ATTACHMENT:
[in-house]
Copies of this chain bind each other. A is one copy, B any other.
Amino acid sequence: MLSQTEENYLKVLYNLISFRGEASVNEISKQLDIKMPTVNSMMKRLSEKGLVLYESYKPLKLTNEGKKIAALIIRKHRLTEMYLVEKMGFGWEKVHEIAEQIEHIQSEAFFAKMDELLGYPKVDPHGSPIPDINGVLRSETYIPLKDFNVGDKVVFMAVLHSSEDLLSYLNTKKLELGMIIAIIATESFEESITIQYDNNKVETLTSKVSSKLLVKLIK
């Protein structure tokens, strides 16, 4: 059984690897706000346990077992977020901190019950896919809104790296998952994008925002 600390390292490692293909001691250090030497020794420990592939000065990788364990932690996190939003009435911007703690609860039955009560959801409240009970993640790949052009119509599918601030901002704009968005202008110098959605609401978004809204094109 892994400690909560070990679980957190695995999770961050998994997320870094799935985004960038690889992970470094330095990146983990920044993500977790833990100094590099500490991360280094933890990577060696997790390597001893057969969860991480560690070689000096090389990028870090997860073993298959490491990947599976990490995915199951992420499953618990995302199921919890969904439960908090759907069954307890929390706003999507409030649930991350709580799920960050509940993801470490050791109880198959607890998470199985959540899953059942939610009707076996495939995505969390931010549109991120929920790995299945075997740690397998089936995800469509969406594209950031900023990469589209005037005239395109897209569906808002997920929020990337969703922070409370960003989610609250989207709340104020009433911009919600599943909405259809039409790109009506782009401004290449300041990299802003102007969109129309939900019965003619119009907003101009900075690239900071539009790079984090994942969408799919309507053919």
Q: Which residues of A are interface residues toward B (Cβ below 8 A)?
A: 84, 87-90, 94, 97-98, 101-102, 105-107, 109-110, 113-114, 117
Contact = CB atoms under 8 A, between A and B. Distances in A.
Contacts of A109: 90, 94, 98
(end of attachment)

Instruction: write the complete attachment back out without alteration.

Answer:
[in-house]
Copies of this chain bind each other. A is one copy, B any other.
Amino acid sequence: MLSQTEENYLKVLYNLISFRGEASVNEISKQLDIKMPTVNSMMKRLSEKGLVLYESYKPLKLTNEGKKIAALIIRKHRLTEMYLVEKMGFGWEKVHEIAEQIEHIQSEAFFAKMDELLGYPKVDPHGSPIPDINGVLRSETYIPLKDFNVGDKVVFMAVLHSSEDLLSYLNTKKLELGMIIAIIATESFEESITIQYDNNKVETLTSKVSSKLLVKLIK
């Protein structure tokens, strides 16, 4: 059984690897706000346990077992977020901190019950896919809104790296998952994008925002 600390390292490692293909001691250090030497020794420990592939000065990788364990932690996190939003009435911007703690609860039955009560959801409240009970993640790949052009119509599918601030901002704009968005202008110098959605609401978004809204094109 892994400690909560070990679980957190695995999770961050998994997320870094799935985004960038690889992970470094330095990146983990920044993500977790833990100094590099500490991360280094933890990577060696997790390597001893057969969860991480560690070689000096090389990028870090997860073993298959490491990947599976990490995915199951992420499953618990995302199921919890969904439960908090759907069954307890929390706003999507409030649930991350709580799920960050509940993801470490050791109880198959607890998470199985959540899953059942939610009707076996495939995505969390931010549109991120929920790995299945075997740690397998089936995800469509969406594209950031900023990469589209005037005239395109897209569906808002997920929020990337969703922070409370960003989610609250989207709340104020009433911009919600599943909405259809039409790109009506782009401004290449300041990299802003102007969109129309939900019965003619119009907003101009900075690239900071539009790079984090994942969408799919309507053919």
Q: Which residues of A are interface residues toward B (Cβ below 8 A)?
A: 84, 87-90, 94, 97-98, 101-102, 105-107, 109-110, 113-114, 117
Contact = CB atoms under 8 A, between A and B. Distances in A.
Contacts of A109: 90, 94, 98